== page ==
After expressing some concern in yesterday’s post about the unity and confidence of atheists, I was delighted to see a piece in the New York Times about the Foundation Beyond Belief‘s secular tithing efforts and other atheist charities:
Mr. McGowan’s effort, while unique in its tithing system, is part of a broader upsurge of charity by atheists. A coalition of 20 secularist groups, calling itself Non-Believers Giving Aid, was formed after the Haitian earthquake to take in donations that ultimately went to organizations like Doctors Without Borders. The charity known by its acronym S.H.A.R.E — for Skeptics and Humanists Aid and Relief Effort — has raised $102,000 for relief in Haiti. The amount surpasses the total for previous efforts by S.H.A.R.E tied to Hurricane Katrina ($80,000) and the Asian tsunami ($45,000). About half of the 1,200 donors to Haiti were giving for the first time.
I share Hemant’s hope that this visibility motivates more atheists to give.
However, I also have concerns about the way the article was written.
Rather than juxtapose these charities beside the charities of religion, the article focuses on the charity of religion:
From a practical standpoint, atheists almost entirely lack the communal infrastructure of religious people — the system of congregations, the pattern of weekly meetings — that enables philanthropy. Both the Foundation Beyond Belief and S.H.A.R.E. rely almost entirely on outreach via the Internet.
But it is also true that the written and filmed jeremiads against religion by Christopher Hitchens, Sam Harris, Bill Maher and Richard Dawkins have forged an atheist “brand” that dismisses religion as a baleful force, superstitious at best and lethally divisive at worst. A figure like Mr. McGowan, along with the authors Susan Jacoby and Rebecca Newberger Goldstein, embodies an internal rebellion by secularists who are willing to credit organized religion, whatever else its failings, with appealing to a human desire for community.
The article paints this supposed schism in the atheist community that doesn’t exist, because apparently, religion gets all the credit for charity. So, you can’t be against religion and for charity? That’s a false dichotomy and it’s also self-defeating. It would be no different than the people who run a shelter for homeless LGBT youth that say they still think all homosexuals are pedophiles, but they’ll help protect them while they’re kids.
And unfortunately, this mixed messaging is McGowan’s fault. Look at how he paints it:
Mr. McGowan has made the same point several times in his blog. In a posting about “things the religious (generally) do (much) better than secularists,” he listed giving generously, connecting good works to beliefs, and building community. More important than simply raising money, he wrote in a recent post, “is focusing and encouraging that generosity and compassion in the first place.”
I appreciate that the article points out that there are challenges to the unity of the atheist community, but there seems to be some tautology at work. You can’t blame the atheist community for not building community when the prejudice and demonization against atheists has prevented atheists from being open and visible.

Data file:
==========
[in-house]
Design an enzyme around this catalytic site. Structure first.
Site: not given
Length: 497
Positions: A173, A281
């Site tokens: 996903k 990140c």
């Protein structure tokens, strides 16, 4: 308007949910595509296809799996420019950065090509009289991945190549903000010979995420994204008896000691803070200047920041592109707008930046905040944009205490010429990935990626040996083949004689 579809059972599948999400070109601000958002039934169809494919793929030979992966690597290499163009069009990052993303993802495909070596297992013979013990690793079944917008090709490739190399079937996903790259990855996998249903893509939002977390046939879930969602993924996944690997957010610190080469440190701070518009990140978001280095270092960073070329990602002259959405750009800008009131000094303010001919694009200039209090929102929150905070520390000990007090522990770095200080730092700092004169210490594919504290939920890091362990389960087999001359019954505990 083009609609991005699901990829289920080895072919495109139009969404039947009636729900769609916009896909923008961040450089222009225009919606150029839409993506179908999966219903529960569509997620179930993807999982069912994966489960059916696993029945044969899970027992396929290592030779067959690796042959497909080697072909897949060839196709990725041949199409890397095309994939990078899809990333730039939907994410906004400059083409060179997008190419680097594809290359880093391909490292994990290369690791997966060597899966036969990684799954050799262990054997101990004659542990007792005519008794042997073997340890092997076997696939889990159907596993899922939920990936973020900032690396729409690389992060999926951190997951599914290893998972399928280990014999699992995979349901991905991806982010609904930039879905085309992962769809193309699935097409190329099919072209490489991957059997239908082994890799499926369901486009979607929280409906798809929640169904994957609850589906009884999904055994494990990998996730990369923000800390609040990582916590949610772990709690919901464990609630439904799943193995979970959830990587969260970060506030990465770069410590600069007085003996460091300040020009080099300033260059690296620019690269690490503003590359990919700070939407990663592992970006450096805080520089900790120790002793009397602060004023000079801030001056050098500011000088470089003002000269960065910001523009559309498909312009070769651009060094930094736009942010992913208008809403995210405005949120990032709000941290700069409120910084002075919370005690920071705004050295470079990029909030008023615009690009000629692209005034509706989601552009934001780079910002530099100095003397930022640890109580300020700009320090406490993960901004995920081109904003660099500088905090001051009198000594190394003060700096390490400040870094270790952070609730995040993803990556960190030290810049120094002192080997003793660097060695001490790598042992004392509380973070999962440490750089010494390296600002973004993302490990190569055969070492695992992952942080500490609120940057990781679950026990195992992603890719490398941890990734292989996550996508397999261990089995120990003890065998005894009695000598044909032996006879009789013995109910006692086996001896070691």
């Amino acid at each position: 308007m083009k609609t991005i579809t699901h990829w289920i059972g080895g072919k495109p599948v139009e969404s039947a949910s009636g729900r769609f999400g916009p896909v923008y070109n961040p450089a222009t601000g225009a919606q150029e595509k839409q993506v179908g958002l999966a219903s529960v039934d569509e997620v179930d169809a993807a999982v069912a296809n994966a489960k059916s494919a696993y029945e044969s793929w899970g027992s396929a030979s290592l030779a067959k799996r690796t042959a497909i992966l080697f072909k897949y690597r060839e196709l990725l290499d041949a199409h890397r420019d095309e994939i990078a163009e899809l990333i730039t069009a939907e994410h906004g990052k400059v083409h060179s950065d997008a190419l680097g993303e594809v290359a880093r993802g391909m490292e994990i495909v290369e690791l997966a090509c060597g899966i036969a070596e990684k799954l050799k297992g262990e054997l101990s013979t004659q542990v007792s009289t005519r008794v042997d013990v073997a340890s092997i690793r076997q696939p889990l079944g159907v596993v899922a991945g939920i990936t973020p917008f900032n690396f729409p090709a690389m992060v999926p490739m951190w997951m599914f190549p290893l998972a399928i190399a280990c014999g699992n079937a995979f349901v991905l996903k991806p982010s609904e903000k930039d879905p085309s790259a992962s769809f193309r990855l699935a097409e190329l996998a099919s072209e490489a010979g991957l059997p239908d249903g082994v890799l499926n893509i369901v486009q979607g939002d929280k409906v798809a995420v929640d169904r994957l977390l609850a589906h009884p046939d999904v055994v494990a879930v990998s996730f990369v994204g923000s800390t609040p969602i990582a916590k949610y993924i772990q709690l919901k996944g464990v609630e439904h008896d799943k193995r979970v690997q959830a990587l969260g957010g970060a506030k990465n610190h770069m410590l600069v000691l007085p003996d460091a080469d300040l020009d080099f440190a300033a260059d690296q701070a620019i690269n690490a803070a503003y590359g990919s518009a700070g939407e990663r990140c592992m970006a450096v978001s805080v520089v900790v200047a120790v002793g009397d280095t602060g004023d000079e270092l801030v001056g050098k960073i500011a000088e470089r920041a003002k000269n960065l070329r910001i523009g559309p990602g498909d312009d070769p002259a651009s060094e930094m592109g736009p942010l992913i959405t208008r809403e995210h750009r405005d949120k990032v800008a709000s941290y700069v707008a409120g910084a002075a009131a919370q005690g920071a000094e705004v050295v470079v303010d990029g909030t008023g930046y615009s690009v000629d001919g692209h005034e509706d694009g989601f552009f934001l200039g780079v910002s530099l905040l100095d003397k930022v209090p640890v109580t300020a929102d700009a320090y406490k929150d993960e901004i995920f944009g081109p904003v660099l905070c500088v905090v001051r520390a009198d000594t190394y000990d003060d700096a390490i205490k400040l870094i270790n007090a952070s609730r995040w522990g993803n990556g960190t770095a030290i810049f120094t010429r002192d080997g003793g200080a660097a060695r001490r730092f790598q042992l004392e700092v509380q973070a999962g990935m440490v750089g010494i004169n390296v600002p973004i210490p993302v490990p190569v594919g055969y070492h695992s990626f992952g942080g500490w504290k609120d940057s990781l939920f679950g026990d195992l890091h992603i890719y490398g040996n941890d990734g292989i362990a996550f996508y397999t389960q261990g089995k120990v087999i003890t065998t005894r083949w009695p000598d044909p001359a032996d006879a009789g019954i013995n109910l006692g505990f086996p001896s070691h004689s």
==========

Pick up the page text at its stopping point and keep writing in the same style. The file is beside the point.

I think the Foundation and these other charitable groups make up a growing foundation upon which we can build a better infrastructure, and we should. But just because religions have charities and nonbelievers haven’t had charities specifically for nonbelievers in the past does not mean that religion gets credit for charity.
This is the same phenomenon I see so often in the LGBT movement: an effort to find the good in religion so that religious people are less apt to condemn atheists. This, to me, is like handing over resources to the enemy. We are showing that you can be “good without God,” which should completely undercut the need for God, so what is to be gained by giving God-believers credit?
And honestly, I’m not sure they always deserve it! I’ll end my post with a personal anecdote.
This weekend is Easter, and I am expected to spend much of it with my big Catholic family. They are my family and I love them, but they are Catholic. Tomorrow afternoon, I’ll sit around the dinner table with 20 family members who just that morning will have gone to Mass and given money to the Catholic Church.
The Catholic Church has a lot of charities and arguably do a lot of good work. Service is very much an expectation and value of Catholicism. But the Catholic Church has made it quite clear that demonizing and discriminating against the gay community is a higher priority than charity. They’ve pulled out of adoption services to avoid having to put children in same-sex families. They’ve pulled out of a number of charitable services to avoid having to comply with nondiscrimination laws with hiring. They would rather give their employees NO benefits than have to give benefits to a same-sex partner. They recently punished a homeless shelter in Maine by pulling funding because the shelter supported marriage equality.
They’ve also spent the last week using every opportunity to use homosexuality as a scapegoat for all the priestly pedophilia, when the two have absolutely nothing in common. A Catholic priest even went so far this week as to compare the Catholic Church to Jewish holocaust victims. (Apparently they forgot (or ignored) that gay men were also holocaust victims.)
My family members give money to that organization and proudly identify with it. Is that the true model of charity?
I think not.
Please consider giving to the Foundation Beyond Belief or another of the growing secular charities. Show not only that we can be “good without God,” we can be better.